Torches for Freedom: Selling Cigarettes to Women
In 1928 George Washington Hill, head of the American Tobacco Company, hired public relations specialist Edward Bernays to help him expand the market for cigarettes. Tobacco use among men had soared after the First World War, during which cigarettes had been included in soldiers’ rations, but it was still considered taboo for women. Hill wanted to change that. “If I can crack that market,” he told Bernays, “it will be like opening a new gold mine right in our front yard.”
Bernays was equal to the challenge. He’d made his name during the War when he worked with journalist Walter Lippmann to sway public opinion and bring the United States into the conflict with Germany, despite the German ancestry of many Americans.His first campaign for American Tobacco was a series of print advertisements that played on women’s self-esteem by presenting cigarettes as a dieting aid, such as the classic, “Reach for a Lucky instead of a sweet.” The message was so successful that to this day there is a widespread belief, especially among young women, that smoking is somehow good for your figure, but Bernays wanted to go even further and make smoking respectable for women. Leveraging the suffrage movement that had earned women the right to vote in 1920, he arranged for a small group of elegant young women to march in the 1929 Easter Parade in New York while smoking cigarettes. Leaving nothing to chance, he also tipped off the press, which ran photographs of the event along with opinions such as those of Miss Bertha Hunt, who noted that, “I hope that we have started something and that these torches for freedom… will smash the discriminatory taboo on cigarettes for women and that our sex will go on breaking down all discriminations.” Smoking was suddenly a way to strike a blow for women’s emancipation, and even the resulting controversy was good publicity. Within a decade more than 20% of women smoked cigarettes, and Lucky Strike was their brand of choice.
Amazingly, the same approach worked a second time in the late 1960s. By this time smoking had been implicated in the rise in lung disease, cigarette manufacturers were being forced to publish the tar and nicotine content of their products, and the smoking habit, especially among women, was on the decline. “Torches for Freedom” was dusted off and became the famous, “You’ve come a long way, baby” campaign for the Virginia Slims brand. “It took Marjorie Taylor 25 years to get up the courage to smoke in front of her husband,” we are told. “It took 25 seconds for Mr. Taylor to pack his wife’s bags.” The campaign was so successful that many epidemiologists blame it for the rise in lung cancer rates among women now in their 60s and 70s.
In 2014 the tobacco industry is besieged by lawsuits and regulation, not to mention restrictions on advertising, but a new “nicotine delivery system” has arrived, as full of promise as the “no throat irritation” Luckies of the 1920s. And once again the product is being marketed to women as a symbol of emancipation. In the television commercial shown, model and television host Jenny McCarthy ends a pitch for electronic cigarettes with the oddly familiar line, “Finally with Blu, I took back my freedom.”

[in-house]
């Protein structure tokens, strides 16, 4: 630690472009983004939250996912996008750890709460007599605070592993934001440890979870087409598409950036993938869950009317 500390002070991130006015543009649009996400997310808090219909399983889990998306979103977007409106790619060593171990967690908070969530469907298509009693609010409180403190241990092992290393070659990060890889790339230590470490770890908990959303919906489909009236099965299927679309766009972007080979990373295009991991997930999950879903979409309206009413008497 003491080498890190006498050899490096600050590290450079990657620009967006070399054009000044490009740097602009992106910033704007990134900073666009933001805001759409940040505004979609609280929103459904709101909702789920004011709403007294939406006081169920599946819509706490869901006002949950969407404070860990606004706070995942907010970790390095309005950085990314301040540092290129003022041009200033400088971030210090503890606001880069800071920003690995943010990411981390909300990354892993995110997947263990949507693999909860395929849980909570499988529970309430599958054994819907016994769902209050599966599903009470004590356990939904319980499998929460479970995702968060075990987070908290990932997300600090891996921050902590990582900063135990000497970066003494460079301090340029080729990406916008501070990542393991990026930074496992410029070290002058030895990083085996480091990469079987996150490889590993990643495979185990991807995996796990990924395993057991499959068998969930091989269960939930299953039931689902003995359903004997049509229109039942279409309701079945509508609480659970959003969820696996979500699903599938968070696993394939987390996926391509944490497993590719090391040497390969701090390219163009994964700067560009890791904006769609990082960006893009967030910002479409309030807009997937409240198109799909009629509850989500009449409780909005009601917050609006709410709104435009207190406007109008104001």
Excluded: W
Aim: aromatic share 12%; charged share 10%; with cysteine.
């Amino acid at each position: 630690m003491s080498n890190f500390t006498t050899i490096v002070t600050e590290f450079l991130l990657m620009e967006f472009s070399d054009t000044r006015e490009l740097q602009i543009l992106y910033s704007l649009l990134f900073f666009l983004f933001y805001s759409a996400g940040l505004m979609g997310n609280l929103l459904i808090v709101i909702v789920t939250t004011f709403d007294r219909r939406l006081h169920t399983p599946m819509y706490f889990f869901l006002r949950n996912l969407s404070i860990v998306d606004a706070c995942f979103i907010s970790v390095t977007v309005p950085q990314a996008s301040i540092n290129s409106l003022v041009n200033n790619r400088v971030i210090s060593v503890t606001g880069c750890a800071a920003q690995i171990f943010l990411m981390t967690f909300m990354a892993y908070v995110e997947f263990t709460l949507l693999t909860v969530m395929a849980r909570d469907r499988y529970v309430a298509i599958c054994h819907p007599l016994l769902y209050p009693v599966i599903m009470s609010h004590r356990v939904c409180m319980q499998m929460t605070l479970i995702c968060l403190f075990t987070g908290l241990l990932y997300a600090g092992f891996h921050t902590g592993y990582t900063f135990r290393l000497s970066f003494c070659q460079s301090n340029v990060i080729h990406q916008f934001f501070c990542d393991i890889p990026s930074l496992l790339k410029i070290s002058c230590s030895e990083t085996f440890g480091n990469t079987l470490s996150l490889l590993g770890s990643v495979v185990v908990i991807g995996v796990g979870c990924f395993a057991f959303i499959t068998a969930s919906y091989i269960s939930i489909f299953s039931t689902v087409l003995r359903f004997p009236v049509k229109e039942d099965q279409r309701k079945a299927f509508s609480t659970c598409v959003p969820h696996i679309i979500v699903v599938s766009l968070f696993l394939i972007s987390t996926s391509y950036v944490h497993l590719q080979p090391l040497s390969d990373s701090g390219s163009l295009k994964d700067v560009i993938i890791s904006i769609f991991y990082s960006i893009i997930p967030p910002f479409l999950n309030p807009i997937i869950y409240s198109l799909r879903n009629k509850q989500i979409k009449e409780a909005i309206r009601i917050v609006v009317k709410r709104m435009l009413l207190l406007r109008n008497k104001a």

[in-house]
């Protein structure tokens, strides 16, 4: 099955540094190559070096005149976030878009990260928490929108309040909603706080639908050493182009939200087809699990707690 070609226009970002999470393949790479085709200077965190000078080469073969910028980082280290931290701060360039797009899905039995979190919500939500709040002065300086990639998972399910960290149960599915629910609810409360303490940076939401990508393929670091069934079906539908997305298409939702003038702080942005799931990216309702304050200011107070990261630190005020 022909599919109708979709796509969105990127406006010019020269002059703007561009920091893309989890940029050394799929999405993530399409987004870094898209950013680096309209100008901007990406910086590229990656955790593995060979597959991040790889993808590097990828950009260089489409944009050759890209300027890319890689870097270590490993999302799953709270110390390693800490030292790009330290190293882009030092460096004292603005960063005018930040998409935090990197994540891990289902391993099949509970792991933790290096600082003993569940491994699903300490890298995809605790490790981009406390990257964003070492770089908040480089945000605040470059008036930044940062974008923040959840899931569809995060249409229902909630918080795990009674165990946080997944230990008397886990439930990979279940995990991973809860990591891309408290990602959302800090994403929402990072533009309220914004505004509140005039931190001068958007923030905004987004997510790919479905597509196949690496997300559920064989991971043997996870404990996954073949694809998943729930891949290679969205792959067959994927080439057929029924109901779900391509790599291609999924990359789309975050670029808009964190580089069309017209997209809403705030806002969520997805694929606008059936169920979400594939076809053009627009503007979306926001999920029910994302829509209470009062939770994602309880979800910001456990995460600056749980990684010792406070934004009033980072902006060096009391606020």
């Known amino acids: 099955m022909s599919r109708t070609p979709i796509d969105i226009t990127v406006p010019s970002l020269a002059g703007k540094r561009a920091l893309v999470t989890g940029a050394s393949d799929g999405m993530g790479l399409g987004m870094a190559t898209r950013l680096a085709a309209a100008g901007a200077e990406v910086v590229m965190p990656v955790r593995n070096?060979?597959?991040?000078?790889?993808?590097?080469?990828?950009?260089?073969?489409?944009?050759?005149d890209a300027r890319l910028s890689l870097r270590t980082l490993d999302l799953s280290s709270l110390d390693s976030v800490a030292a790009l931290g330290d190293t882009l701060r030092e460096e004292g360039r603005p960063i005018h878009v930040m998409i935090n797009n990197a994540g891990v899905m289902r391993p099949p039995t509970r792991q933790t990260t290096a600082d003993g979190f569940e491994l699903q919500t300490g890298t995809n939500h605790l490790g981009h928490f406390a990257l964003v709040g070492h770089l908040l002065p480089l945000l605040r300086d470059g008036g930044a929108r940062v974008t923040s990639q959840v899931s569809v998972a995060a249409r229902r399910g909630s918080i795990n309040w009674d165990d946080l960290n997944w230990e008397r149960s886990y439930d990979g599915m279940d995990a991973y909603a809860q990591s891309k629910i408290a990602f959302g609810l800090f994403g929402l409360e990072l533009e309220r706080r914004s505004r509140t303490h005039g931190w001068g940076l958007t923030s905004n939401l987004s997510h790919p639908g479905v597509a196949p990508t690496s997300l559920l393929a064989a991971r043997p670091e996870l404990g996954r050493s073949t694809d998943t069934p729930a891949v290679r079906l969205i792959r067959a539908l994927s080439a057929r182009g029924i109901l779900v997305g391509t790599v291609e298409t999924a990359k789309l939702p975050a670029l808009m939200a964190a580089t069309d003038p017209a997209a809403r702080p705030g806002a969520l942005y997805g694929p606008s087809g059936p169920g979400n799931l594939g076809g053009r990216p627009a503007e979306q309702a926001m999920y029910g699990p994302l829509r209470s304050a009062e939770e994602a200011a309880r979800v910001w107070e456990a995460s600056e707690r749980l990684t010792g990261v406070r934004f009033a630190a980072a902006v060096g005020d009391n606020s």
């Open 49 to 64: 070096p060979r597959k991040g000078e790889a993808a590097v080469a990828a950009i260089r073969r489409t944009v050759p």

What is fascinating about all of these messages, their intentions apart, is the way in which they work. Smoking is represented as a rite of passage for women, a useful notion from a marketing point of view because it is rather unpleasant to actually start smoking. This “notion” looks like a valid opinion, but it is really fiction masquerading as fact, what has come to be known as a factoid. Edward Bernays was an expert at manufacturing opinions. He was the nephew of Sigmund Freud, and a keen student of his uncle’s work in psychoanalysis. He wrote, in one of his many books about advertising and public relations: “We are dominated by the relatively small number of persons… who understand the mental processes and social patterns of the masses. It is they who pull the wires which control the public mind.” Bernays successfully promoted bacon and bananas as components of the all-American diet, put Dixie cups at drinking fountains and put fluorine in the water that came from them. He was linked to propaganda that led to the overthrow of Jacob Guzman, the President of Guatemala, in 1954, and his techniques were famously employed by Josef Goebbels to propagandize the rise of the Nazi party in 1930s Germany, though not with his approval.
In later life Bernays actually came to support anti-smoking efforts, and indulged his passion for ballroom dancing until he was well into his nineties. He died at the age of 103, and was named by Life magazine as one of the 100 most influential Americans of the 20th Century. His methods of persuasion are widely used in politics as well as in business, and the tobacco industry has now turned its sights on the Third World.
Bernays above all recognized the peculiar power of mediated experience, that which we learn through television, or radio, or newspapers, or Facebook, and one of his more famous quotes can also stand as a warning: “People are rarely aware of the real reasons which motivate their actions.”
Or, in the words of Scoop Nisker, a radio commentator for KSAN San Francisco in the 1970s, “If you don’t like the news, go out and make some of your own.”
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